Also guarding this enchanting home was an irresistible Scottie dog statue:


And now for a a few animal-themed pictures from Ireland. One of our first stops was a tour through seven-story Guinness Storehouse. I was delighted to discover the third floor’s advertising exhibit, chronicling 80 years of imaginative ads!  Here’s a fun sample:

The Guiness Toucan first appeared in the mid-1930s; this ad dates from 1946.

Speaking of signs, one of my favorites was in Kilkenny, a beautiful village in the country outside of Dublin.  Here you will find Kyteler’s Inn, established in 1324!  (Yep – that’s not a typo.)

Black cat images abound here and there near the inn, paying homage to the original proprietress, Alice de Kyteler. She married four times, accumulating quite a bit of wealth.  Jealousy and accusations erupted, and she was eventually accused of witchcraft. Sentenced to be burned, she managed to escape to England before the execution could take place.

Alice de Kyteler, frog in hand, greets diners and visitors at the inn.   

Animal imagery also abounds in The Book of Kells, an illuminated manuscript from about 800 A.D. and housed at Trinity College, Dublin.  My family indulged me in a morning visit.  You can’t take photographs of the actual manuscripts (under glass in a small room, with certain sections exhibited at a time), but here are some pictures of the display boards before you enter, featuring reproductions of illustrations from The Book of Kells and other related manuscripts.  (These large boards were curved, hence some wonkiness picture-wise.)  If you find yourself in Dublin and fancy hand-lettered scripts and decoration, you must get yourself there!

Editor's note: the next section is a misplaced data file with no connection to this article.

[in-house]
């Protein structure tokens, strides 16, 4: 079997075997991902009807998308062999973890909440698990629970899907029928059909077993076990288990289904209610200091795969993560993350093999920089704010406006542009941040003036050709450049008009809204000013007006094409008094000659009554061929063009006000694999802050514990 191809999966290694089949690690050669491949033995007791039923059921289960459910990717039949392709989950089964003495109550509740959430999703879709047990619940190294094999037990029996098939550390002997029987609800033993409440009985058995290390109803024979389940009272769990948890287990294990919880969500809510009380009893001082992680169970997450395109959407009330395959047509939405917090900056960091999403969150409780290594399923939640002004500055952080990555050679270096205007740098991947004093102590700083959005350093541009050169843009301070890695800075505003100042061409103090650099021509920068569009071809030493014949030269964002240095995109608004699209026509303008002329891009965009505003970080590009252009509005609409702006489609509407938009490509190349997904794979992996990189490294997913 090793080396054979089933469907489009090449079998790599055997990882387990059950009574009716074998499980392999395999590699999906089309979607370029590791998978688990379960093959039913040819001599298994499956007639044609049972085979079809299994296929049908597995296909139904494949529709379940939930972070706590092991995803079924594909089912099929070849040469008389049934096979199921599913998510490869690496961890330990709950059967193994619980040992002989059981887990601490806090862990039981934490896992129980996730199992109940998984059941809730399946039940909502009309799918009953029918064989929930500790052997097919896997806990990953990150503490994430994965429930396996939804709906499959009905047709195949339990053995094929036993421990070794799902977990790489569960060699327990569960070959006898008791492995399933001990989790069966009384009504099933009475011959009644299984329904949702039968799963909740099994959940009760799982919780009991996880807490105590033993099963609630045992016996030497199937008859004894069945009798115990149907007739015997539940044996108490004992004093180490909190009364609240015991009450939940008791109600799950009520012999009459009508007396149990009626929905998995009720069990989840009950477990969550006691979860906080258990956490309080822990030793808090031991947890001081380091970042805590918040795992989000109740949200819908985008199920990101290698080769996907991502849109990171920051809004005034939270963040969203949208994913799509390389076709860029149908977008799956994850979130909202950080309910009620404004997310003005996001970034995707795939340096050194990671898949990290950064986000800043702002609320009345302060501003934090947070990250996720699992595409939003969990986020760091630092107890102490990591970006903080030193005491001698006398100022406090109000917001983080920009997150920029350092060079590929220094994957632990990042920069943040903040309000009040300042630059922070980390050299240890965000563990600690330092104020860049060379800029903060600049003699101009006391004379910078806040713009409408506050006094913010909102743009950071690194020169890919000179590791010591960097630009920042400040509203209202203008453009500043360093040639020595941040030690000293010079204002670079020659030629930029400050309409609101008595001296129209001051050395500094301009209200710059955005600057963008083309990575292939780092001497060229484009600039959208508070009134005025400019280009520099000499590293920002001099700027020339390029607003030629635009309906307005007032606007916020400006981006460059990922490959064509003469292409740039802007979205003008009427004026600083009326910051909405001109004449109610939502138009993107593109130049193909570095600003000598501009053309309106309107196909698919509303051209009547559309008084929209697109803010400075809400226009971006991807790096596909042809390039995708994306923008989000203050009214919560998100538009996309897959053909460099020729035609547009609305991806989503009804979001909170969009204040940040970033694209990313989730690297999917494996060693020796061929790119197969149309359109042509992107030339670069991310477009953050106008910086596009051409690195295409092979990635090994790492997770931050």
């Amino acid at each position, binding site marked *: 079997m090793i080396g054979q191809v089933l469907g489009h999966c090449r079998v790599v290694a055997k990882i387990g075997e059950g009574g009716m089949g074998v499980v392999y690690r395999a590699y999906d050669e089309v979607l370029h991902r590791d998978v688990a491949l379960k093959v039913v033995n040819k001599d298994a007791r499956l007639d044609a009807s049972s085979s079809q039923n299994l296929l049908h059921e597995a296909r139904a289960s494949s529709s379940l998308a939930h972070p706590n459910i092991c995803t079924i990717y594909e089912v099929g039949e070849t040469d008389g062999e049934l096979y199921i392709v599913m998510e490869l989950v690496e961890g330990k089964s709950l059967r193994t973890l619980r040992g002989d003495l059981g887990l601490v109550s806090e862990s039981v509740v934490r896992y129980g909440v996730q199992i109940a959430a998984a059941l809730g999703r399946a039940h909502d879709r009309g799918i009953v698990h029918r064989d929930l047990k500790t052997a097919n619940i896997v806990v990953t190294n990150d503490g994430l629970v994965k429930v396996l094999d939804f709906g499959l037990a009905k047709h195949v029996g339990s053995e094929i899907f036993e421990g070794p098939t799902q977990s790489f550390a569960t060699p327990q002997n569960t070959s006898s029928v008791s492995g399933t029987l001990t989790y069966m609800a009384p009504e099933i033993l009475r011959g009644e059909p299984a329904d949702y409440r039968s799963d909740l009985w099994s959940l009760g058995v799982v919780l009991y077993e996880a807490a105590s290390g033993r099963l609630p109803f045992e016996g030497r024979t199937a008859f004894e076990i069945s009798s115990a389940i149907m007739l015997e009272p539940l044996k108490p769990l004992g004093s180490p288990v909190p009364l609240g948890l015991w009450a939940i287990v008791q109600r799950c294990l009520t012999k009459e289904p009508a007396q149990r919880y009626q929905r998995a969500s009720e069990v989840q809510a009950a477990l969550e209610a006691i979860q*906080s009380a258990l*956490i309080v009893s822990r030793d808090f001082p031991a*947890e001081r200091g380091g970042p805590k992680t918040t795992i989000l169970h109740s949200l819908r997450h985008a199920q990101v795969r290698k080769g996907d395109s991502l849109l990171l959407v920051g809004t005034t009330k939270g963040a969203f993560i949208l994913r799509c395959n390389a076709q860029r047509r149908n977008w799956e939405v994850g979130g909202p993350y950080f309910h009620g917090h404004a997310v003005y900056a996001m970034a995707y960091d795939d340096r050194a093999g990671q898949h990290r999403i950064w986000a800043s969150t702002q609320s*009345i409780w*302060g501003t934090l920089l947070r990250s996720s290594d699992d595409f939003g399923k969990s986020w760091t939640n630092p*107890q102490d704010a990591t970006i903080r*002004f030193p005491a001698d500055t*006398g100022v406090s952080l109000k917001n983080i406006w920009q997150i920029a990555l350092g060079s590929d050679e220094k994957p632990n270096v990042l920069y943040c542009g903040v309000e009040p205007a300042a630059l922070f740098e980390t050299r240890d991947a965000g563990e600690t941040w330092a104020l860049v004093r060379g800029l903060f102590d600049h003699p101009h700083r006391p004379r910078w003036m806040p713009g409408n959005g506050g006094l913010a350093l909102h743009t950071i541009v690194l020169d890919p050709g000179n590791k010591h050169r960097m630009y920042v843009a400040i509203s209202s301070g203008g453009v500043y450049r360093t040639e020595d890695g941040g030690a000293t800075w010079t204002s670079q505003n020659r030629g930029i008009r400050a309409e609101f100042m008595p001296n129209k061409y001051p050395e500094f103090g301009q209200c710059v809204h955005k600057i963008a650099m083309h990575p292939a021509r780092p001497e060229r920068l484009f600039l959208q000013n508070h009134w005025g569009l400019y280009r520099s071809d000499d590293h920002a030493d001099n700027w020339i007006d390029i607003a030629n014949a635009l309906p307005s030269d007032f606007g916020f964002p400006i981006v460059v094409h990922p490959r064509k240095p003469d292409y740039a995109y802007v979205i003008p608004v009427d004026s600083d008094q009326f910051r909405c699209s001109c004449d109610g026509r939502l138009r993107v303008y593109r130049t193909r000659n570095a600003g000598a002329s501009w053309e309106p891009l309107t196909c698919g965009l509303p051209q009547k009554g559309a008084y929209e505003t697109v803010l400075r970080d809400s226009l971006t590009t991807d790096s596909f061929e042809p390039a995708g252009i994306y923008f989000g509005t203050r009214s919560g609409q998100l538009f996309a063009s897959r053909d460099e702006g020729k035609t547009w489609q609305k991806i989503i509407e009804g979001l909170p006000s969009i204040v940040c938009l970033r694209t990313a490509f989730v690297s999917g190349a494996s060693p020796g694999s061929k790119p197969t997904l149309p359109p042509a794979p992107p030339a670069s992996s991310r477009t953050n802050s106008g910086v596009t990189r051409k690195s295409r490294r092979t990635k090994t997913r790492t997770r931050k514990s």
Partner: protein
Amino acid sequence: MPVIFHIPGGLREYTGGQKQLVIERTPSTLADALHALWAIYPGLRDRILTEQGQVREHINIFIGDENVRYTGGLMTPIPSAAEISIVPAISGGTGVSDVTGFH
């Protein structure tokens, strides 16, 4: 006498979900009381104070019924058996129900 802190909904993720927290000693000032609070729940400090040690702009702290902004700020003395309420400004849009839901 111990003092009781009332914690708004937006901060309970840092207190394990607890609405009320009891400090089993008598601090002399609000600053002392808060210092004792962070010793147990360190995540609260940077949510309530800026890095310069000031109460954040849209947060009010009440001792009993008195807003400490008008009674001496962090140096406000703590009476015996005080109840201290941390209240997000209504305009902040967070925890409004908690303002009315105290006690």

“Irish artists learned about Germanic-style animal ornament primarily from their Anglo-Saxon neighbors in Britain, adapting the motif to native Irish taste.”